One of our young friends here likes to refer to us as Mummy & Daddy, and our baby as his son. It makes for a complicated family tree, but is pretty representative of the blurred family roles here. Cousins are referred to as siblings, mentors are claimed as parents, and children belong to everyone.
Yesterday at our goodbye party, some friends said that we had treated them like family. But I don’t feel this originated from us, we have responded to our friends and neighbours here. Folk who dropped by with avocados they picked for us, who dished up dinner if we happened to visit while they were cooking, who we shared pegs and extension cords with.
On Tuesday we leave Soshanguve and will pack up our shorts, sandals and our titles of ‘Aunty Debbie and Uncle Paul’. I have loved being Aunty Debbie to our troop of kids and teenagers. I have loved being ‘Sesi’ (sister) to my friends, and ‘Makoti’ (daughter-in-law) to some of the older ladies. We have been claimed as part of the family here, and we’ve seen that family doesn’t have to be strictly about bloodlines.
Our team has also become family, people who we promised to walk with through the good and bad. We made a decision to belong to each other, it hasn’t always been easy, but at times of crisis, they were our people.
I’m looking forward to being in closer proximity to our biological family, but I don’t want to lose this wider sense of family. Mother Teresa is quoted as saying that ‘The problem with the world is that we draw the circle of our family too small’. Shannan Martin also points out that, ‘We shouldn’t be surprised when a me-centric culture leads to a family-centric values system where family is unimaginatively defined only along bloodlines and a shared genetic code’.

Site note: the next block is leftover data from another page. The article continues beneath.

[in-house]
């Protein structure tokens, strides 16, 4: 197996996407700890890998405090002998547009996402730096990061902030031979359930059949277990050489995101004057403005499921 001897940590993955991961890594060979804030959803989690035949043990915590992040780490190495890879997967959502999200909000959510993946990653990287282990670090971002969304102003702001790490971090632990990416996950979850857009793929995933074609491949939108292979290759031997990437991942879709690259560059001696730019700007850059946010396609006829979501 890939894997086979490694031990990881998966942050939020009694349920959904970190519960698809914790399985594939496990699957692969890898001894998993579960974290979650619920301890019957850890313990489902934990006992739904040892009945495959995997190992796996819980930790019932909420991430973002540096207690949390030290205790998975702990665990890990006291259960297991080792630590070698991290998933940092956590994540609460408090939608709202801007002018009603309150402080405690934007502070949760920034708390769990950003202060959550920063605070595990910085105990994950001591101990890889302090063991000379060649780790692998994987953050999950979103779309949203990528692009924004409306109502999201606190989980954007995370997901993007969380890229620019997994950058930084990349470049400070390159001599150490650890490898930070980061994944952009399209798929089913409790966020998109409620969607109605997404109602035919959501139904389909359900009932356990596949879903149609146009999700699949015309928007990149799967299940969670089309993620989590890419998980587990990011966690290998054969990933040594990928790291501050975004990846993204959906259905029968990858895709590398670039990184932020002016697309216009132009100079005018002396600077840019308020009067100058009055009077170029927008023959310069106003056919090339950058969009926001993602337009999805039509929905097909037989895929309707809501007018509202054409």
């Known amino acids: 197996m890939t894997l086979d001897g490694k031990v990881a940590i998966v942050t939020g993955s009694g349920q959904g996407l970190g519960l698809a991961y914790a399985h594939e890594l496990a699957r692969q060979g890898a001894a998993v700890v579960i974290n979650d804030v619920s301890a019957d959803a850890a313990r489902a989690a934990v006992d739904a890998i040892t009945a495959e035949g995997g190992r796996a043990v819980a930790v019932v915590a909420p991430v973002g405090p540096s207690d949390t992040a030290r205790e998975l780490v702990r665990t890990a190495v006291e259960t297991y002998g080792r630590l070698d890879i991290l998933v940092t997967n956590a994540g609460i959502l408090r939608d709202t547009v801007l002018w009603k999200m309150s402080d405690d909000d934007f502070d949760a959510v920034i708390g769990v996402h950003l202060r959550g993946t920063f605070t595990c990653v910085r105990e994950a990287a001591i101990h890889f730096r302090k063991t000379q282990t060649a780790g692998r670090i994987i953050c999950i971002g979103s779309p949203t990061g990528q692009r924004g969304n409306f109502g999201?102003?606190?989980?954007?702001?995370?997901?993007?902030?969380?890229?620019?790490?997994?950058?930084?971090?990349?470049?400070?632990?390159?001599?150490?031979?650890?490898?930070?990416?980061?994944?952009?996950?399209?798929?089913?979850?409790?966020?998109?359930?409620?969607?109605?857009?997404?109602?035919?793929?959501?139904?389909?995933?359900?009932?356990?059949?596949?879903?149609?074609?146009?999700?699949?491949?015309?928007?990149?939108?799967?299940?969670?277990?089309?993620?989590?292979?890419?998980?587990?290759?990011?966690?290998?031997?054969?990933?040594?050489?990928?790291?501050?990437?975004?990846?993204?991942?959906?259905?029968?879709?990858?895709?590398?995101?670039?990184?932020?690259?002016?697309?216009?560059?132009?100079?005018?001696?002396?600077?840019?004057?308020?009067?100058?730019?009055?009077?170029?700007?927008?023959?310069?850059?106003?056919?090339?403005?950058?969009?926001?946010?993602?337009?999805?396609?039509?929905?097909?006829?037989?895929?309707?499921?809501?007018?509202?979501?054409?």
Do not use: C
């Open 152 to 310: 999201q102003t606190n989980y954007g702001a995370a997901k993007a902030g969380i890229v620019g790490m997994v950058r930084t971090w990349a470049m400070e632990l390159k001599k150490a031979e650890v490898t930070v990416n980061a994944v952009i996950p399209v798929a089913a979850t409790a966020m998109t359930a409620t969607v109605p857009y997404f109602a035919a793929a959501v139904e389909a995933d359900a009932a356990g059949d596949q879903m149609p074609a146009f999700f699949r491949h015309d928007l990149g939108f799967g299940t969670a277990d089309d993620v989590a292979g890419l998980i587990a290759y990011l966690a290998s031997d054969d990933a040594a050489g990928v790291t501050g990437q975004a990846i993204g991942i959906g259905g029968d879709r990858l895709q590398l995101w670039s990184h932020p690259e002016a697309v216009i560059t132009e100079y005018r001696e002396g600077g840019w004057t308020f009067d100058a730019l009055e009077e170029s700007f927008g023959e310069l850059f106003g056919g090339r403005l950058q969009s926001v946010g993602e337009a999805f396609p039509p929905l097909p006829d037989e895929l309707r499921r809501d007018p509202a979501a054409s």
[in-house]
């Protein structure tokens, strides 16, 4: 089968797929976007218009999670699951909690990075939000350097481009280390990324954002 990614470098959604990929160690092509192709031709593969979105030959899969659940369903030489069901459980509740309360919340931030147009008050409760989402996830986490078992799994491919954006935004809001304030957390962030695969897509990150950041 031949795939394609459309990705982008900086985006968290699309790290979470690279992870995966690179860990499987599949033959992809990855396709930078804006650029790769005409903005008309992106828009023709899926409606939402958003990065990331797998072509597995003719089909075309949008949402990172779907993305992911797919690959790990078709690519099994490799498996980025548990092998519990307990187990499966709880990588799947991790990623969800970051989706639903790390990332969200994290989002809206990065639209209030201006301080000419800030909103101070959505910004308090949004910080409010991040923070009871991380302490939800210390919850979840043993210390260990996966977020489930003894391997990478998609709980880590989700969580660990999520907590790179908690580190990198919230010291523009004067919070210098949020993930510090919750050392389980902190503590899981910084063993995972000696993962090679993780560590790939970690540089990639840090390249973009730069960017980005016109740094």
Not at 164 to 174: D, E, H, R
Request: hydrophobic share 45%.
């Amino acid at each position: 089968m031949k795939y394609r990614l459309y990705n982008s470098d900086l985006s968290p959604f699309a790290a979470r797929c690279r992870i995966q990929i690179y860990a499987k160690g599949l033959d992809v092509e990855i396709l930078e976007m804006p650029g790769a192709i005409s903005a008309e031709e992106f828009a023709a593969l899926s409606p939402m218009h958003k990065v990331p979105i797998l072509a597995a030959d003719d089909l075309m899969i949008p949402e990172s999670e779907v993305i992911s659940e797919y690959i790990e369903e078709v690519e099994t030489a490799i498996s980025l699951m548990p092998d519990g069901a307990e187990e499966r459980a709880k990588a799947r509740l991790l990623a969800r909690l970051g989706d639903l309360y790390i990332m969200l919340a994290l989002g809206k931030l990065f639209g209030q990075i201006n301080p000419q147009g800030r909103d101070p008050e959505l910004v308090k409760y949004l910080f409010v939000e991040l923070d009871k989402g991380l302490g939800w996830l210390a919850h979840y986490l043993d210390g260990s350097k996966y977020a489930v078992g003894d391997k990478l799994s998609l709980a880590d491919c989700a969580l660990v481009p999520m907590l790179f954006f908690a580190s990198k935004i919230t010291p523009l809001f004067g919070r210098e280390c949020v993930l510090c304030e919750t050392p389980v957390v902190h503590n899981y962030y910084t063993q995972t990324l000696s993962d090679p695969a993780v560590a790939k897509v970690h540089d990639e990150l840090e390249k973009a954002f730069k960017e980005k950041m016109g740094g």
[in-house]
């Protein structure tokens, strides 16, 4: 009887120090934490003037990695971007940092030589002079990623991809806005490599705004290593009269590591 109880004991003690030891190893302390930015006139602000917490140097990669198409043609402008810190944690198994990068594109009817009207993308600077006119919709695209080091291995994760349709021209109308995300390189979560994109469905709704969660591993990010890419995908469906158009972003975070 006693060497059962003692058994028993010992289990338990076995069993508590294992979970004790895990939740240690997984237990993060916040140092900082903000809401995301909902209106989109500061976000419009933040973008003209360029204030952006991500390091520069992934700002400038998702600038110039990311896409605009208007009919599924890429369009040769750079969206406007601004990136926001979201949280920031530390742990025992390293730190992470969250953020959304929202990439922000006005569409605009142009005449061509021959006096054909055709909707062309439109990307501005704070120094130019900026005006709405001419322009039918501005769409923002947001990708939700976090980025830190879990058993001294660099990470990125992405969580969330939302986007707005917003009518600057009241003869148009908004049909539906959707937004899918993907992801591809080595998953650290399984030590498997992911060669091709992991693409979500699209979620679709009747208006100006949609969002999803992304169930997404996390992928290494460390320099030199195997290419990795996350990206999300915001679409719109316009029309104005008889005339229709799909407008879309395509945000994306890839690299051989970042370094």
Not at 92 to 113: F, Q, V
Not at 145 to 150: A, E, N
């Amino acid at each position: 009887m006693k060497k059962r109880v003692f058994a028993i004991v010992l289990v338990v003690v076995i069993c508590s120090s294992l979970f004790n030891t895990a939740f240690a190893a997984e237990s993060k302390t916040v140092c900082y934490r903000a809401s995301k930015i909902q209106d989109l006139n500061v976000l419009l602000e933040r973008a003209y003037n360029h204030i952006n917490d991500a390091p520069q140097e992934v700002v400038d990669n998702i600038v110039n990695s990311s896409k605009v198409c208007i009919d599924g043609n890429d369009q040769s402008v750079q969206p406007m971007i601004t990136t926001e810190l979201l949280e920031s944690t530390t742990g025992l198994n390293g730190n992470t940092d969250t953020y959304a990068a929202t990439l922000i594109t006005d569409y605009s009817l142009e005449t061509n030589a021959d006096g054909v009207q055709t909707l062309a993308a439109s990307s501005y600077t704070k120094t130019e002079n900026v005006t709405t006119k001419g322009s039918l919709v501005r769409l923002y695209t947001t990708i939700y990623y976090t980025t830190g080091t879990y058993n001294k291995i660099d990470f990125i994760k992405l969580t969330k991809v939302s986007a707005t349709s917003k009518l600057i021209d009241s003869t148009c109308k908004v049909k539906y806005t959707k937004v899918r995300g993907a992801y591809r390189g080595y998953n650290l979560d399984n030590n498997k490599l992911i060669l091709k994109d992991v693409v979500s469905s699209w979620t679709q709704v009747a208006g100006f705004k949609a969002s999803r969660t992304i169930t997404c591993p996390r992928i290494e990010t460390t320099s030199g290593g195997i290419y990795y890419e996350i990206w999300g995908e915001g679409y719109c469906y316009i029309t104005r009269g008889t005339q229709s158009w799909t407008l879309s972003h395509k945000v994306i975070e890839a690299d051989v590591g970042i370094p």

The statistics show that more people are feeling lonely in the UK. More people are living alone, or far from family. In these days we need to commit to one another. Yes, let’s care for our families well, but let’s also look up and around for the ones who we can invite in. It could look like a regular dinner, frequent communication, or an expressed commitment to be each other’s people.
We need wisdom, we can’t commit to each person who crosses our path. In family we are bonded to those from different generations, and those who have different interests or vocations. It can be awkward, but there is something good in sticking together.
I have been grafted into the family here, and it has changed me. Looking forward, I hope that I can offer others a branch, a place to belong.
Who has included you in their ‘honorary family?’ If you drew your family circle wider, who would you invite in, who would you commit to?